Monday, July 27, 2015

City not immune to Jones Act

In the most recent instance of the Jones Act in the news, a NYPD counter-terrorism detective has filed a claim under the Act, claiming injuries that occurred during a rescue.  The $106 million lawsuit alleged the city failed to provide him with safe tools, equipment, and a “competent” crew of fellow officers. 

Under the Jones Act, the employer/employee relationship is spelled out to allow for recovery from personal injury claims due to the employer’s negligence.  The employee must also meet the requirement of spending at least 30% of his time in the service of said vessel or fleet of vessels on navigable waters. 

Here, the NYPD officer’s claims arise from the rescue of a capsized boat on the East river.  The officer was injured while pulling those in the capsized boat to safety.  As a member of the NYPD Harbor Unit, the officer will likely satisfy the requirement that he spend at least 30% of his time in the service of the fleet, even if it is not on a specific vessel.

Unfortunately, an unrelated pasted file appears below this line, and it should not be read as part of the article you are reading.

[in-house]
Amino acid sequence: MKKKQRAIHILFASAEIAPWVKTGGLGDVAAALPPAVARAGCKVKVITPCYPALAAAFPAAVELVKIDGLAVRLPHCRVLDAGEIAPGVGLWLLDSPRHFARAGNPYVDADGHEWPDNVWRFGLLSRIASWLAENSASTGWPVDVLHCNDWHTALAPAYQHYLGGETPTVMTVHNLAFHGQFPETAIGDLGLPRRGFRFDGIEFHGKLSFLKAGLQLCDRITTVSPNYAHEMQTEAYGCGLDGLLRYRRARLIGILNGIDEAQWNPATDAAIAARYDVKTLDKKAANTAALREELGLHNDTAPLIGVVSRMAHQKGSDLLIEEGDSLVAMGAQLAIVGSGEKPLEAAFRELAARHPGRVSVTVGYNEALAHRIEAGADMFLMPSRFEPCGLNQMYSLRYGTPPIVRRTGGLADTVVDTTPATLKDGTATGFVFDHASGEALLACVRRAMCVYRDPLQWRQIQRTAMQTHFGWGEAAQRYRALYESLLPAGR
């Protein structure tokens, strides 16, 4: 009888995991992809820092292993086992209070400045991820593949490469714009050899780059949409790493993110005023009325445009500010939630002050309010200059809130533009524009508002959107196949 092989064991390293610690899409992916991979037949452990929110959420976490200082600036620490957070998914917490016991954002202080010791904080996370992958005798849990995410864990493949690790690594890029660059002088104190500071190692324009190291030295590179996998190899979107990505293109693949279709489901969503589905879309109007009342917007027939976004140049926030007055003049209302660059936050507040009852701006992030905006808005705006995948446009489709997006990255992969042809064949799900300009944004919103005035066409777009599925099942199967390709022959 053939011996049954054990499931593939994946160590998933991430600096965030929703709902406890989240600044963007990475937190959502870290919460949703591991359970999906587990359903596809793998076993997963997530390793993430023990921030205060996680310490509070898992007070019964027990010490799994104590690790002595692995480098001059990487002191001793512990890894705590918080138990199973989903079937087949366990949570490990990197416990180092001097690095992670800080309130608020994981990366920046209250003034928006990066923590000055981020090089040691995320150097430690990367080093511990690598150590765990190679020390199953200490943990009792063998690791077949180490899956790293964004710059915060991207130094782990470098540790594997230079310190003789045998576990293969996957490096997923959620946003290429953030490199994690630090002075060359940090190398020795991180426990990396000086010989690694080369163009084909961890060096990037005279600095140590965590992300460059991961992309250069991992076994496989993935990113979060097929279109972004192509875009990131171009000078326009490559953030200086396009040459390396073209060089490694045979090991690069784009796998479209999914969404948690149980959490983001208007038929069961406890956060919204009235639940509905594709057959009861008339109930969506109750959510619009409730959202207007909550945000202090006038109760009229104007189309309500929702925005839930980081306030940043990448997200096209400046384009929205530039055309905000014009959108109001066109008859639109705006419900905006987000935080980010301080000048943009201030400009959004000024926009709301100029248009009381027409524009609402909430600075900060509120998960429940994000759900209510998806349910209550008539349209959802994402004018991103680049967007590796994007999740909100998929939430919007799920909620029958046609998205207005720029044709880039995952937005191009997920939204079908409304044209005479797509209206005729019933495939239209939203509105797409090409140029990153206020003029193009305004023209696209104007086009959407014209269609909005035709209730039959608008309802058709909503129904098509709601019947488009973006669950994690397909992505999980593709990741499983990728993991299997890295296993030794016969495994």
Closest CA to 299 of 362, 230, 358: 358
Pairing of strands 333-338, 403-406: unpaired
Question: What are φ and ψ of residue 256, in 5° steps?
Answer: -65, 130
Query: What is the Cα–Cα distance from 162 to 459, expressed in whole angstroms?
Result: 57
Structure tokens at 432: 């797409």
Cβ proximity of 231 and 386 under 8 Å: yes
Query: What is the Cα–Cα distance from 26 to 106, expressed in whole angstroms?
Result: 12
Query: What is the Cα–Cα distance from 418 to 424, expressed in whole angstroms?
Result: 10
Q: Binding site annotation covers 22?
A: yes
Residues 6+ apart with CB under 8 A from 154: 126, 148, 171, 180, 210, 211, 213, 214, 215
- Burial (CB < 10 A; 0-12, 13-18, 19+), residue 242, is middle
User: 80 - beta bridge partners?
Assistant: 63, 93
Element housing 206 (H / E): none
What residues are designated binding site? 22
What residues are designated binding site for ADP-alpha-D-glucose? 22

The damages can accumulate quickly and are often negotiated for when settling a case like the one mentioned above.  Permitted damages include: medical expense, pain and suffering, lost wages, loss of support to dependents or widow, loss of value of household services, and funeral services to name a few.   The suit alleges severe physical pain and mental anguish, including back and neck pain for which he seeks to recover.    

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